A seed (also called a kernel) is a small embryonic plant enclosed in a protective covering called the seed coat. It is the product of a ripened ovule in angiosperm and gymnosperm plants.
Seeds store food and help the new plant grow. They are a major source of food for animals and people, and are also used in plant breeding to produce new varieties of plants with desirable characteristics.
What is a seed?
A seed is a part of a plant that can grow into a new plant. It has three basic parts: an embryo, a supply of nutrients for the embryo and some sort of protective cover to protect the seed from damage.
The seeds of flowering plants, called angiosperms, are encapsulated by a seed coat (testa) that provides protection from water and temperature changes, and food reserves for the growing embryo. Cotyledons (embryo leaves) are present within the seed and help to classify angiosperms into dicots and monocots.
Many common seeds, such as peas, beans, peanuts and sesame, are edible. Seeds are also used to make many commercial products, including cotton and flax fiber, which is used in textile production. Some nonfood oils are extracted from seeds, such as linseed oil.
How do seeds grow?
Seeds are the basic unit of reproduction for most flowering plants. They contain an embryo (a miniature undeveloped plant) and food reserves enclosed within a protective coat or coats.
To grow, seeds need the right conditions such as water, oxygen and temperature. They also need a time when these conditions are favorable for germination, which is the process by which seeds transform into seedlings.
Many seeds remain dormant until they encounter a specific set of germination triggers that tell them it is time to break out of their dormancy. These triggers vary from species to species, and depend on moisture, temperature, oxygen and light.
To make this determination, seeds use tiny brains that act like the ones found in our own bodies. These brains, based on bundles of specialized cells, process hormone signals that tell them when it is prime time to break dormancy and start growing.
How do seeds store food?
Seeds are an important source of food for many people around the world. They include grains, legumes and nuts and are an integral part of a healthy diet.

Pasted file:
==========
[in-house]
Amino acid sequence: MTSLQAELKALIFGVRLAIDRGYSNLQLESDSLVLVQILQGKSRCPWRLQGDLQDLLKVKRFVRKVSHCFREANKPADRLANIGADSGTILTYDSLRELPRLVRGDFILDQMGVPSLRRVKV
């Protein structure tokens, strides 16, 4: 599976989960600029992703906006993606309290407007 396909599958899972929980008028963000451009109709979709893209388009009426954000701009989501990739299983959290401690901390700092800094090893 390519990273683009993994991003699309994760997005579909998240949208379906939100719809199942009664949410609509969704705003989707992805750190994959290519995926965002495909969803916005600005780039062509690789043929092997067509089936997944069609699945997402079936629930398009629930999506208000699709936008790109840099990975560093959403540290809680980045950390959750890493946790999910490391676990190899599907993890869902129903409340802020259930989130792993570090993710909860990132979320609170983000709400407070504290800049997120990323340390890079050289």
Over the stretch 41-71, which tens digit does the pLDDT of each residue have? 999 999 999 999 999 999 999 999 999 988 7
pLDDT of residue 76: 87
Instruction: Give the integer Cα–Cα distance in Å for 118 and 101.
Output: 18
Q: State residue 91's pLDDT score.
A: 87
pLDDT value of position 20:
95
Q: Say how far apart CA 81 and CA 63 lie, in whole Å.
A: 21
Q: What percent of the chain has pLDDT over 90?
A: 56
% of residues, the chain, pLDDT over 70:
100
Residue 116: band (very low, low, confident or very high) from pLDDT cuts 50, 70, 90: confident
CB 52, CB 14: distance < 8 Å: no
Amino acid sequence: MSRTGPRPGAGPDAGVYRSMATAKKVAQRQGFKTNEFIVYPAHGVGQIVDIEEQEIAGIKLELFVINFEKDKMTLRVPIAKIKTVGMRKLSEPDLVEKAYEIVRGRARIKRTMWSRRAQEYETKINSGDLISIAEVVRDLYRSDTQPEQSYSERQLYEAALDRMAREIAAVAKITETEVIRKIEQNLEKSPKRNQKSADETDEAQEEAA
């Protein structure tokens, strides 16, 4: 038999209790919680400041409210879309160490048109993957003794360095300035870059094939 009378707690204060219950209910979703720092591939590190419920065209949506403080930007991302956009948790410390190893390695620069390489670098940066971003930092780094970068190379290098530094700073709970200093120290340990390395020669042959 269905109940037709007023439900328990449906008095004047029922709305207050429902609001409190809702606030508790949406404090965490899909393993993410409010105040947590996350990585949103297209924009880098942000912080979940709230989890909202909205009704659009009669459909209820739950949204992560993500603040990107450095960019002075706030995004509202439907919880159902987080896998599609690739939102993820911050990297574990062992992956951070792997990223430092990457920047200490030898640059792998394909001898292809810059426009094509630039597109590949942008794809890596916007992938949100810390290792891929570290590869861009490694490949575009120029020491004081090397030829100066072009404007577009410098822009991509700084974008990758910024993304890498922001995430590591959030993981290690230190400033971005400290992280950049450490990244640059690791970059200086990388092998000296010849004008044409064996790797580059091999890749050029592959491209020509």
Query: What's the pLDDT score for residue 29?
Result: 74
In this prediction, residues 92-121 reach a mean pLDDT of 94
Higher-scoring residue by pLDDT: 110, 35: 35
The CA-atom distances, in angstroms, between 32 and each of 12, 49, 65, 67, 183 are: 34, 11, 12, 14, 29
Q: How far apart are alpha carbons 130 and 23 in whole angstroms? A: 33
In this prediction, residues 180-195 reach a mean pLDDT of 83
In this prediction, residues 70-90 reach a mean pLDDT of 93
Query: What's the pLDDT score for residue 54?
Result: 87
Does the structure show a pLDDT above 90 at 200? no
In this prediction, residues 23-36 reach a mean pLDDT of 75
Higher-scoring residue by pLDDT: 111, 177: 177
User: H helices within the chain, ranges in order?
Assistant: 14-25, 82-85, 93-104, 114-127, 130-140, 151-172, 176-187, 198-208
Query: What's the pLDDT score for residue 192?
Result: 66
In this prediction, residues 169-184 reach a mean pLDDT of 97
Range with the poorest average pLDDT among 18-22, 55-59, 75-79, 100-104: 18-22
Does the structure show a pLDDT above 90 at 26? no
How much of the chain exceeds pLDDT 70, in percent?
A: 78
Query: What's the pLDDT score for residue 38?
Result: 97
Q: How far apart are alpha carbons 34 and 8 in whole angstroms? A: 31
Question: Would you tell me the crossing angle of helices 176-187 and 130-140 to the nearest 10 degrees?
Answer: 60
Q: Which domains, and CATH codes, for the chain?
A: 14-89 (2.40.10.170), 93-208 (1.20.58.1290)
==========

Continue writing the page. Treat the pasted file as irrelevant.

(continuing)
Depending on how and where they are stored, seeds can be kept for years. However, their longevity depends on a variety of factors including temperature, moisture and light exposure.
The most common way to store seeds is in a cool, dry place where they will stay crisp and fresh for years. These conditions help preserve the quality of the seeds and encourage germination.
How do seeds germinate?
Seeds have to undergo a process called germination in order to grow into plants. This process begins when seeds are placed in the soil and watered properly.
Water is a vital component to seed germination because it provides the seeds with water and oxygen they need to survive. However, too much water can cause the seeds to drown, so it’s important to follow the instructions on the seed package for how deep to plant them and how much water they need.
Temperature is also an essential element to seed germination, since it affects the seeds’ metabolism and growth rate. A moderate temperature of 25 to 30degC is the ideal range, but some seeds require special conditions either lower or higher than this.
How do seeds grow into plants?
The transformation from a seed to a plant isn’t as simple as “just add water”. For many plants it takes weeks – even months – before they sprout.
During this time, seeds need energy (from light) and moisture. They also need nutrients from the soil they are planted in.
Every cell in a plant has a list of instructions called DNA, which describes how that cell should look, work, and grow.
These instructions tell the cell where to get its food and where to find oxygen.
During this time, the embryo inside the seed coat is dormant until conditions are right for germination. Some species require specific light and temperature conditions, while others only need the presence of oxygen and a little water to spring into action.